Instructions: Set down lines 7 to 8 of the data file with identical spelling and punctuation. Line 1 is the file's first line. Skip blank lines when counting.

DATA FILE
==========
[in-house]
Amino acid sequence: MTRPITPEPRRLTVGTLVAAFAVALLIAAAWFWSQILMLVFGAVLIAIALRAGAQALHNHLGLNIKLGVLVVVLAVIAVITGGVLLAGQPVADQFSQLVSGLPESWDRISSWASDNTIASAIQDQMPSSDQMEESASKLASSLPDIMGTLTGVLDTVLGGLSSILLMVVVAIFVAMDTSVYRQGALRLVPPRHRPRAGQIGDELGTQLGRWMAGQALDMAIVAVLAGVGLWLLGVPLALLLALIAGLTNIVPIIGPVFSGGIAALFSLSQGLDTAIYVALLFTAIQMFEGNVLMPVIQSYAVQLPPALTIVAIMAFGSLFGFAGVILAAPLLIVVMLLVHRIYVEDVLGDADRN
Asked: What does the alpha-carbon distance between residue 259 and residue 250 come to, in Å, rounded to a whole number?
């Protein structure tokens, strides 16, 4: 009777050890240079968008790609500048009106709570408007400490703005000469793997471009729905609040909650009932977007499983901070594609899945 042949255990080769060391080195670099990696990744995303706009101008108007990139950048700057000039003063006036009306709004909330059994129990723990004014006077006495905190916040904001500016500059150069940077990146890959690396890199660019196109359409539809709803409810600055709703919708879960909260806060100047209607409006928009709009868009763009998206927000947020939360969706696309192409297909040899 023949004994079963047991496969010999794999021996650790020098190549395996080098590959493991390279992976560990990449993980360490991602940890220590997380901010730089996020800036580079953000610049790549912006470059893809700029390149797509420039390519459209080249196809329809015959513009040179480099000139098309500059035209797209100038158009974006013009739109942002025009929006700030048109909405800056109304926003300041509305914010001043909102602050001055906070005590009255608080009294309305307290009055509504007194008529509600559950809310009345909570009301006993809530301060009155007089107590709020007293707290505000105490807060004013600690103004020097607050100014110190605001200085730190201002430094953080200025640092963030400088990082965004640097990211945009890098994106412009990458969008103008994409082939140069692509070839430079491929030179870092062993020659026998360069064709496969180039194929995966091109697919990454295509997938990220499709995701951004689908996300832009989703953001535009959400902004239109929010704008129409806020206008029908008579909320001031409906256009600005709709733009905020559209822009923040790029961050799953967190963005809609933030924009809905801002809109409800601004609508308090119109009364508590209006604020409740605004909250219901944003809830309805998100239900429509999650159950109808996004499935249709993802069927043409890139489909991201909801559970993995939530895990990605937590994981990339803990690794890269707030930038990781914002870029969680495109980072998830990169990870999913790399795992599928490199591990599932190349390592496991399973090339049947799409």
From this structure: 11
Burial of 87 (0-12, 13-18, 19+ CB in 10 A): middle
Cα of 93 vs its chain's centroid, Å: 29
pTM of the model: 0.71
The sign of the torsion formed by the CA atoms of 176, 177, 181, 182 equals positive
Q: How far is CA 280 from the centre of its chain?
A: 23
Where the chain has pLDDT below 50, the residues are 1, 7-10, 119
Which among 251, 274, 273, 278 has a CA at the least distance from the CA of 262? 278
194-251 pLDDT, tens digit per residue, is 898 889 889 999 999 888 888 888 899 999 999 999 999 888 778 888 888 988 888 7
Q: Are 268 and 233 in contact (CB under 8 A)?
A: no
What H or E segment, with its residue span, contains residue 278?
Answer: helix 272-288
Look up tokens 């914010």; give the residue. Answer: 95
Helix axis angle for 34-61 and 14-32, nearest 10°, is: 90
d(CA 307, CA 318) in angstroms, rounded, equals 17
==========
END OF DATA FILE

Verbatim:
Cα of 93 vs its chain's centroid, Å: 29
pTM of the model: 0.71